According to an analysis by Peter Schey, it is likely that 4 to 5 million mostly low-income immigrants will be unable to adjust their status because of roadblocks to eligibility.

It is anyone's guess whether the Tea Party Republicans in the House will accept any immigration reform, especially reform that will empower low-income, brown-skinned people to vote. That would shift the political balance of power towards the multicultural majority, now represented by Obama, for the coming generation.

The all-important electoral balance will shift away from the Republican Party in Florida, Texas, Arizona, Nevada, Colorado, and elsewhere -- through the fault lines of the Mexican War of the 1840s.

The point is that the Tea Party, the Republican Party, and Corporate Agriculture will consent to between 2 and 7 million brown-skinned people becoming new voters. If the conservatives finally acquiece, it is reasonably certain that they will make the "pathway to citizenship" as uphill, filled with obstacles, and gradual as possible.

This is not only about raw partisan political power, but about the last stand of the xenophobes and nativist elements in America's political culture. Those who consider these words an exaggeration should read again Patrick Buchanan's State of Emergency [2006] with its foaming fear of a new reconquista in California, or Reagan Defense Secretary Casper Weinberger's prediction of war with Mexico.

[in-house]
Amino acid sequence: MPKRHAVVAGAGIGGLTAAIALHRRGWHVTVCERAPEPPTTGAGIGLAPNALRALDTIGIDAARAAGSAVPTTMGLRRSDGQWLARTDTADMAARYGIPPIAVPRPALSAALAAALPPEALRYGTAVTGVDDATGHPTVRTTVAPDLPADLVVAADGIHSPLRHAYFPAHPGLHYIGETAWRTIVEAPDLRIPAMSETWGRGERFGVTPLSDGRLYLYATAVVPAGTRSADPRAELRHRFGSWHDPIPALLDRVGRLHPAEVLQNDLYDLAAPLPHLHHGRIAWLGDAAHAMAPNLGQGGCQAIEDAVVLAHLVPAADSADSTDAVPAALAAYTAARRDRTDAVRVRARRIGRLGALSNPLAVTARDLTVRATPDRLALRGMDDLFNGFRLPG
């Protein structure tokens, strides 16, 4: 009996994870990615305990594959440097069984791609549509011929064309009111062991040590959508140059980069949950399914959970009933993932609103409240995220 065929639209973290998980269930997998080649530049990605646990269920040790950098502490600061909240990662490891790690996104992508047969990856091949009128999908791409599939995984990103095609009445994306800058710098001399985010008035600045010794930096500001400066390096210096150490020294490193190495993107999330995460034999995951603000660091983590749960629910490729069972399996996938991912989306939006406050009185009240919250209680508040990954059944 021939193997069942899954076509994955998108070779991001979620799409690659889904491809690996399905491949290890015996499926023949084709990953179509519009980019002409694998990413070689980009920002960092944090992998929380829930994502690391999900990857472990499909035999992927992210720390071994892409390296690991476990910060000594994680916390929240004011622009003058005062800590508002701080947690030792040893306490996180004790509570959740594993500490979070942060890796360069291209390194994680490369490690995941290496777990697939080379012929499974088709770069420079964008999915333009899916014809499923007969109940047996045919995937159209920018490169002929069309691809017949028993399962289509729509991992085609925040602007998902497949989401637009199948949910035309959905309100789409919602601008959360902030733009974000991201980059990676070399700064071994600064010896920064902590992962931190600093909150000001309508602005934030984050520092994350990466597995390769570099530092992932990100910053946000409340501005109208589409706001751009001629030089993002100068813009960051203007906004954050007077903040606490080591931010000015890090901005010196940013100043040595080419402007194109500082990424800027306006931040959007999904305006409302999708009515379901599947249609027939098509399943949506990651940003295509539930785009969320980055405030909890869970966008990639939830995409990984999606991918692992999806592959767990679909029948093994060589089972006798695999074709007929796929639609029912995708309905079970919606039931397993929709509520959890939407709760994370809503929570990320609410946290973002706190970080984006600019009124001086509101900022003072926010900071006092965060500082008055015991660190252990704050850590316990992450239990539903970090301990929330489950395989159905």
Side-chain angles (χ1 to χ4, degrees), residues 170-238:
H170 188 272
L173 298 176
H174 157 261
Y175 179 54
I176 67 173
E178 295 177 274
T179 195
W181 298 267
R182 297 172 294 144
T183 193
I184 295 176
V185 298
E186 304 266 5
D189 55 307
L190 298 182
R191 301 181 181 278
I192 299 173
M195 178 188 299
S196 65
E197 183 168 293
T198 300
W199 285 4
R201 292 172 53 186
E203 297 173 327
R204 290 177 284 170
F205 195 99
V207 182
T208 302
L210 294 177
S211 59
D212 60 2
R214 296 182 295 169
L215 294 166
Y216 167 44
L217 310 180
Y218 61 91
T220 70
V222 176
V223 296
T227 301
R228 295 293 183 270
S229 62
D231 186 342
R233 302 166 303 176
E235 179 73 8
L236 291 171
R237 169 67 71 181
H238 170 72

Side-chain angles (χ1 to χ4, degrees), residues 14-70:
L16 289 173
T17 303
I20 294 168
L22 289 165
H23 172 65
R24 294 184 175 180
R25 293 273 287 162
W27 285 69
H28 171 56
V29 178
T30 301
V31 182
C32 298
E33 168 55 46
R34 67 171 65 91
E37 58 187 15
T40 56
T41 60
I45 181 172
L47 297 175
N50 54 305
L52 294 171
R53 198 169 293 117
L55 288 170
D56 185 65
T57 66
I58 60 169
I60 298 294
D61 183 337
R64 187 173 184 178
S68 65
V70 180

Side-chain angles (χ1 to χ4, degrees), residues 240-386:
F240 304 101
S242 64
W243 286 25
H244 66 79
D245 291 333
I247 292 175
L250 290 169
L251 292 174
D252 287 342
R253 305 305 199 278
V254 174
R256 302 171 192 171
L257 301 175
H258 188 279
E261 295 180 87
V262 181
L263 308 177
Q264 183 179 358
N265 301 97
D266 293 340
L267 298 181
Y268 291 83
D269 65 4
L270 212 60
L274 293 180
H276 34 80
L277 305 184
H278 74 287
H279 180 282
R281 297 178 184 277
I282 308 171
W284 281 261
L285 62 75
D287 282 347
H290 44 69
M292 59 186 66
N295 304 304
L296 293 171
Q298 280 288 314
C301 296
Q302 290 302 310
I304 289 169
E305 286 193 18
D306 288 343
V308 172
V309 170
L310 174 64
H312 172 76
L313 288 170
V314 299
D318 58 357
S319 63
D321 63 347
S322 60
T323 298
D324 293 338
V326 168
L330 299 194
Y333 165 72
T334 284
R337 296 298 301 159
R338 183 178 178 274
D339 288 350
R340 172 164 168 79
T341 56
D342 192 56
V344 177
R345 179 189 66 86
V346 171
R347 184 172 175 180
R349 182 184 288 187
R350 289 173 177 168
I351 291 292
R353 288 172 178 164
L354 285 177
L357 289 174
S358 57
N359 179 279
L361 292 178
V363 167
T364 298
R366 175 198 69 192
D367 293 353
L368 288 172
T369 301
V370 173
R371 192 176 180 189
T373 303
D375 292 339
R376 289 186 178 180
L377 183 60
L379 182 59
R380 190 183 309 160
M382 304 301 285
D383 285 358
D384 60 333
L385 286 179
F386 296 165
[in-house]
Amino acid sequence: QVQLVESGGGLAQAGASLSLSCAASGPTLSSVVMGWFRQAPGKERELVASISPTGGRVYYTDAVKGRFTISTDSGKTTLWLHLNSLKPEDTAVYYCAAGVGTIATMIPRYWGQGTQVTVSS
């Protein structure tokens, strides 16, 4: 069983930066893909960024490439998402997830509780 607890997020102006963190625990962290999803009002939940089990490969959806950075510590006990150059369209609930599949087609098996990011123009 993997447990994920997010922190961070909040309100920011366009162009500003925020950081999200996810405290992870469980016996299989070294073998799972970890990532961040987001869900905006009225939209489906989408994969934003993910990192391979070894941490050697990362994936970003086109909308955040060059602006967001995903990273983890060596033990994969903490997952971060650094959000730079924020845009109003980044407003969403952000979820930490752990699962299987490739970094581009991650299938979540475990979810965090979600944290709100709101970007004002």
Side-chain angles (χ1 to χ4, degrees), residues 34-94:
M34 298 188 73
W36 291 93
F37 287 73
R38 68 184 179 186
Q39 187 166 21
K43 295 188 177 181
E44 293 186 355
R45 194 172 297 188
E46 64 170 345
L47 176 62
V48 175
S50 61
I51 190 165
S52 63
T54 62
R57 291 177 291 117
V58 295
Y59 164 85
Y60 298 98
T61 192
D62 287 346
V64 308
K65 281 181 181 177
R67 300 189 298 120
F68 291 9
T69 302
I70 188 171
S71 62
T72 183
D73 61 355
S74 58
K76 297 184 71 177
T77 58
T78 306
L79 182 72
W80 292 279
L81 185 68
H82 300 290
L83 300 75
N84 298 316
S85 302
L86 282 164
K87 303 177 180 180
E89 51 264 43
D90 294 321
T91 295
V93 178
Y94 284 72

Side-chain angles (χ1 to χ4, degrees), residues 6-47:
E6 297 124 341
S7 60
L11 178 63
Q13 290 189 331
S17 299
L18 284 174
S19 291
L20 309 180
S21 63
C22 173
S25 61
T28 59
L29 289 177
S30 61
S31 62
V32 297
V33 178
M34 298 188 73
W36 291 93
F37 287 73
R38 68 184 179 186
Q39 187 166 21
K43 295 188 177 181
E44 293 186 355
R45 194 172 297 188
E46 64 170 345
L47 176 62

Historically, it was difficult enough to achieve democracy in America as a form of minority rule. The British had to be defeated and a new republic given birth where the minority of while male property owners were enfranchised. Each expansion of democratic voting rights has come in the wake of war or massive civil strife.

Now, even with a new and more tolerant American majority coming into view, the resistance from the Right will harden in every way. Politics, including the politics of American progressives, will be seen increasingly through this lens.

[Tom Hayden is a former California state senator and leader of Sixties peace, justice, and environmental movements. He currently teaches at Pitzer College in Los Angeles. His latest book is The Long Sixties. Hayden is director of the Peace and Justice Resource center and editor of The Peace Exchange Bulletin. Read more of Tom Hayden's writing on The Rag Blog.]